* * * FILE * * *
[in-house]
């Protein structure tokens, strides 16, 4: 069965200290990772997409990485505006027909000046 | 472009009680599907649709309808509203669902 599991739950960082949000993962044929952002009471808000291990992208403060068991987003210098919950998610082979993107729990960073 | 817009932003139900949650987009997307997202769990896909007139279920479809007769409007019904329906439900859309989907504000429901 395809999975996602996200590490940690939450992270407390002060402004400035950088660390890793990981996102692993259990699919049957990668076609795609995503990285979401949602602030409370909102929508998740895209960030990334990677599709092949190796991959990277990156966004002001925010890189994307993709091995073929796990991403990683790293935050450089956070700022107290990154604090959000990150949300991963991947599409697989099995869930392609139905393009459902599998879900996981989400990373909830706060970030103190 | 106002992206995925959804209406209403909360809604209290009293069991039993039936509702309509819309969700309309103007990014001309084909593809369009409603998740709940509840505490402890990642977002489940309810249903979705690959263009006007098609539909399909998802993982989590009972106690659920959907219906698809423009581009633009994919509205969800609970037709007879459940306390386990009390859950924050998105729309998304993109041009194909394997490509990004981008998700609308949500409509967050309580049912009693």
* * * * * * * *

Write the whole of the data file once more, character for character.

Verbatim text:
[in-house]
């Protein structure tokens, strides 16, 4: 069965200290990772997409990485505006027909000046 | 472009009680599907649709309808509203669902 599991739950960082949000993962044929952002009471808000291990992208403060068991987003210098919950998610082979993107729990960073 | 817009932003139900949650987009997307997202769990896909007139279920479809007769409007019904329906439900859309989907504000429901 395809999975996602996200590490940690939450992270407390002060402004400035950088660390890793990981996102692993259990699919049957990668076609795609995503990285979401949602602030409370909102929508998740895209960030990334990677599709092949190796991959990277990156966004002001925010890189994307993709091995073929796990991403990683790293935050450089956070700022107290990154604090959000990150949300991963991947599409697989099995869930392609139905393009459902599998879900996981989400990373909830706060970030103190 | 106002992206995925959804209406209403909360809604209290009293069991039993039936509702309509819309969700309309103007990014001309084909593809369009409603998740709940509840505490402890990642977002489940309810249903979705690959263009006007098609539909399909998802993982989590009972106690659920959907219906698809423009581009633009994919509205969800609970037709007879459940306390386990009390859950924050998105729309998304993109041009194909394997490509990004981008998700609308949500409509967050309580049912009693």